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Tuesday, September 22, 2020
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Government Cleburne sees treasure in toll road, plans development

Cleburne sees treasure in toll road, plans development

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Cleburne’s Top 10 Industries

WalMart Distribution Center

Johns Manville

James Hardie Building Products

Supreme Corporation of Texas

Greenbrier Rail Services

Technical Chemical Co.

Techlight/Horizon Manufacturing Inc.

Schlumberger Co.

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Source: City of Cleburne


When Chisholm Trail Parkway opened a year ago in May, Cleburne Mayor Scott Cain gazed nervously to the north.

He feared that precious sales tax dollars would migrate into Fort Worth as townsfolk used the 28-mile toll road to reach Cowtown and its retail riches.

“I expected us to take a hit economically. That hasn’t been the case at all,” said Cain, who is working to promote a plan that could enrich his community just south of Fort Worth.

Cleburne Station is the plan, a 75-acre development set for the southeast corner of Chisholm Trail Parkway and U.S. Highway 67. The site would feature shops, restaurants and a multi-use stadium for sports and live music.

That’s a far cry from previous plans to build a truck stop at what Cain calls the city’s entryway.

“We need a truck stop, but not at our front door,” Cain said.

So Cain and other city officials in June mailed developers requests for proposals to fulfill a vision fueled by town hall meetings, social media campaigns and old-fashioned coffee house conversations to determine residents’ interest in the development.

“Folks seem really receptive to the idea,” said Cain, who is hoping that added retail and restaurant options, as well as live music and sporting events, not only will keep residents shopping in town, but also will attract out-of-town visitors and their tax dollars to Cleburne, the city at the southern end of the tollway.

No public opposition has surfaced regarding a plan that would require city tax dollars to reach fruition. Then again, the project has not been formally announced. That’s expected later this summer after a developer or developers have been chosen and plans are finalized.

Still, Cain acknowledged that voters must approve a half-cent sales tax and bond measure to fulfill the plan. The proposals are expected to be on the ballot in November.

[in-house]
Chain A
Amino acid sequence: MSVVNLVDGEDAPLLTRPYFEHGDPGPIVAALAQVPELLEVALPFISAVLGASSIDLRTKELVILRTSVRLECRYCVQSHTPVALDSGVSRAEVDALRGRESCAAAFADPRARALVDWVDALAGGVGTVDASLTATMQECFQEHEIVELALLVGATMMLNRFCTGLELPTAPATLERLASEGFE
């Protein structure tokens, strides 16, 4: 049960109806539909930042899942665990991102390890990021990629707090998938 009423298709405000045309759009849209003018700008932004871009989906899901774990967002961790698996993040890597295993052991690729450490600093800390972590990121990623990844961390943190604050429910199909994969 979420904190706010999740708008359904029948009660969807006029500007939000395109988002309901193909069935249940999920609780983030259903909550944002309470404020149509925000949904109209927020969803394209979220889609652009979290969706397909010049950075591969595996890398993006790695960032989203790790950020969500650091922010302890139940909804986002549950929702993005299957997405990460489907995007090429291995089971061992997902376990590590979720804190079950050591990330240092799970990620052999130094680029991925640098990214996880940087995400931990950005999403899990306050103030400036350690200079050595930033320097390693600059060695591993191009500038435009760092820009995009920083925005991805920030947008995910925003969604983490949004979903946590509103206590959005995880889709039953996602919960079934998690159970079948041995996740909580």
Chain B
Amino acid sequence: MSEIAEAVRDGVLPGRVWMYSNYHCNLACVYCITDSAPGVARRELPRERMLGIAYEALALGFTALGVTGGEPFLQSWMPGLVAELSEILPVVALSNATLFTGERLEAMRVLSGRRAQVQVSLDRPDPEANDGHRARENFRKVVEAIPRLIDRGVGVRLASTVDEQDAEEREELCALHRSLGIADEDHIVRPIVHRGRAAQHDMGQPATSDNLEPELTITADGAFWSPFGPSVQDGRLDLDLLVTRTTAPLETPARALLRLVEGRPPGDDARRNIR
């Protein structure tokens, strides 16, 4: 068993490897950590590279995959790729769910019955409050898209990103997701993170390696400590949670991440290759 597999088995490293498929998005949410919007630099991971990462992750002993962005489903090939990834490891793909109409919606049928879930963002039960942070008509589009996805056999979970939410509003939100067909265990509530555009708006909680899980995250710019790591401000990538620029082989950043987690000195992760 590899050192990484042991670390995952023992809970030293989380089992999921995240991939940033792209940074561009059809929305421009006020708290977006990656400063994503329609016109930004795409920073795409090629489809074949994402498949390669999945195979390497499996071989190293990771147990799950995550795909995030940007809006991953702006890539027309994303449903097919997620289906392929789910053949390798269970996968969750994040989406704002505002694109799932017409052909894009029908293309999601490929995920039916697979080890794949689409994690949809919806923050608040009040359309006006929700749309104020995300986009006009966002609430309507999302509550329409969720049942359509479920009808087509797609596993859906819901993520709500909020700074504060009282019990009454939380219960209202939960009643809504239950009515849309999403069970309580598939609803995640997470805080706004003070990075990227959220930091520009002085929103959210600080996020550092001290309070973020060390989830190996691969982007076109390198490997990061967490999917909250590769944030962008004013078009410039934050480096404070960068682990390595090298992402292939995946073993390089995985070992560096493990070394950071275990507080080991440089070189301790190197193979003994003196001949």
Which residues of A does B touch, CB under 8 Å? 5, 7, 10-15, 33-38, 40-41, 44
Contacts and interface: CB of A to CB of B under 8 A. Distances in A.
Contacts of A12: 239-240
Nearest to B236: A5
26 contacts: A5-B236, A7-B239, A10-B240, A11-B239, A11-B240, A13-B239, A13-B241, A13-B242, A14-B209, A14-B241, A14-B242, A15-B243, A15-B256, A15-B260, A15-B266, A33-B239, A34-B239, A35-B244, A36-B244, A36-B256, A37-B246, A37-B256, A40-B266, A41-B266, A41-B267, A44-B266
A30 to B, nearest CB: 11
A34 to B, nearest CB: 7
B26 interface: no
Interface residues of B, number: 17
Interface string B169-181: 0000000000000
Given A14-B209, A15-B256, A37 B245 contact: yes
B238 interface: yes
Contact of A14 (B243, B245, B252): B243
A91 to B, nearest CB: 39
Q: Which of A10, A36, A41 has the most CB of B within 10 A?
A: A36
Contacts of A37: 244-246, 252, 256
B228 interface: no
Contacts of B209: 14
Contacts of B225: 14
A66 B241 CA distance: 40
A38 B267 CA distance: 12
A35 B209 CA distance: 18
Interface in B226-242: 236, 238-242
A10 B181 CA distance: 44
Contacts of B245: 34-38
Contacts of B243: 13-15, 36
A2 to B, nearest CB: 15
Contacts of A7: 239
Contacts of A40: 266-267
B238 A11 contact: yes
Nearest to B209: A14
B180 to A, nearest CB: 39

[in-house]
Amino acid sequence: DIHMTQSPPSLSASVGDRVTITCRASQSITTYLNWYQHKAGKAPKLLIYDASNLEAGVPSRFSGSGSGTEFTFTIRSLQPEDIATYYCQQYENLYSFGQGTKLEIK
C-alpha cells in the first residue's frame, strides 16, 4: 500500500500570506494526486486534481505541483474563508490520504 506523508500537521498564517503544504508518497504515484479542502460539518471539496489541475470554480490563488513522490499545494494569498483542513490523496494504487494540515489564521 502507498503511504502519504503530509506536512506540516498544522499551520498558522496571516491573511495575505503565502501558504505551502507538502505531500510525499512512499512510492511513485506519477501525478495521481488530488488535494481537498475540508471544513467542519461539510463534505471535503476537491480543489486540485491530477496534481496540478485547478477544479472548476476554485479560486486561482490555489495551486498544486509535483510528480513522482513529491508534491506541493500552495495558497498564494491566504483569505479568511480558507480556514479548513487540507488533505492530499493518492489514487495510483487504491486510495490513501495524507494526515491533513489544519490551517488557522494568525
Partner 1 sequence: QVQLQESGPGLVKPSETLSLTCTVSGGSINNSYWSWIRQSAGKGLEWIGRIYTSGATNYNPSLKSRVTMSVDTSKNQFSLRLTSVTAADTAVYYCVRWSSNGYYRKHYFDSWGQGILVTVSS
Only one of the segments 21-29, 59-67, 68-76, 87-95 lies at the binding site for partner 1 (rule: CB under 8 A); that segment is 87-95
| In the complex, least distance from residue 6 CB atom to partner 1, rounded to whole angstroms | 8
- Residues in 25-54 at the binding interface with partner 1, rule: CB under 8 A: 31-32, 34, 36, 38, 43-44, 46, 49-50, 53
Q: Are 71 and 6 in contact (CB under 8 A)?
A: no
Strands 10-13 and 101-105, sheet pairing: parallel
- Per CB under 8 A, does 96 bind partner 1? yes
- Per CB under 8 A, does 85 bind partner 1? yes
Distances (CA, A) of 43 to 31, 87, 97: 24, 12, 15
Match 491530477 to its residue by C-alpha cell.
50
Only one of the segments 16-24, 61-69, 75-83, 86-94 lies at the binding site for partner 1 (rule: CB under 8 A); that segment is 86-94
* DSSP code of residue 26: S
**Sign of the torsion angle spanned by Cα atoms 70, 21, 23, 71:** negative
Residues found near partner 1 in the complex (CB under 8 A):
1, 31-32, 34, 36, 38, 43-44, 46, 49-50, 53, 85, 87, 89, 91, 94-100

The chosen developer would pay for most of the stadium, with the voter-approved bond paying up to $30 million. The half-cent sales tax would pay for annual payments on the bond, estimated at about $1.5 million per year.

“We will not raise property taxes for this project,” Cain emphasized.

“If voters vote against it, then no,” Cain said when asked whether plans would proceed without voter approval.

But everyday interaction with neighbors, as well as comments made at public meetings, have boosted Cain’s confidence in the plan for Cleburne Station. Plans include six restaurant pad sites, 346,850 square feet of retail space, two big-box pad sites and a multi-use stadium for soccer and concerts – not to mention serving as home to the Cleburne Railroaders, a minor league baseball team that has not played since 1906. The new stadium would herald its return.

Cleburne Station is expected to have an economic impact of up to $100 million – $87 million in retail revenue alone – by the time it’s built out, according to an economic analysis by Jim Sabonis, the city’s financial adviser and senior vice president of First Southwest Co. Buildout for the entire project has not been determined, but the stadium portion is expected to be open by summer 2016.

The project’s master plan was developed by Chuck Stark of Barron, Stark & Swift Consulting Engineers LP, the Fort Worth firm also helping select the project developer.

Hoping to sweeten the deal for prospective homebuilders, city officials are waiving impact and permit fees for the first two years for companies building residences at the location. Ensuring adequate housing is vital for a community that’s growing every day, Cain said.

According to the North Central Texas Council of Governments, the city whose population now tops 30,000 is expected to reach 40,162 by 2020 and 48,389 by 2035.

Without factoring in what Cain calls the “tollway effect,” the mayor said his city’s population might even double in the next 15 or 20 years.

“We’re going to have to start thinking more regionally,” said Cain.

And Cleburne Station is an ideal first step to pursuing that mindset, he said.

The tollway, which Cain calls a “game changer,” already has seeded new homes in Cleburne as people who are able to get there quicker and easier add the Johnson County community to their list of recreational and business destinations.

“The thing that has been amazing to me is I expected sales tax numbers to go down as our community went to Fort Worth to shop, but the exact opposite has happened. We are becoming a regional shopping node and people are coming to Cleburne because it’s more laid back.”

Year-to-date sales tax revenue in Cleburne is $4.2 million, up from $4 million for the same period in 2014, a 2.5 percent increase, according to the Texas Comptroller of Public Accounts.

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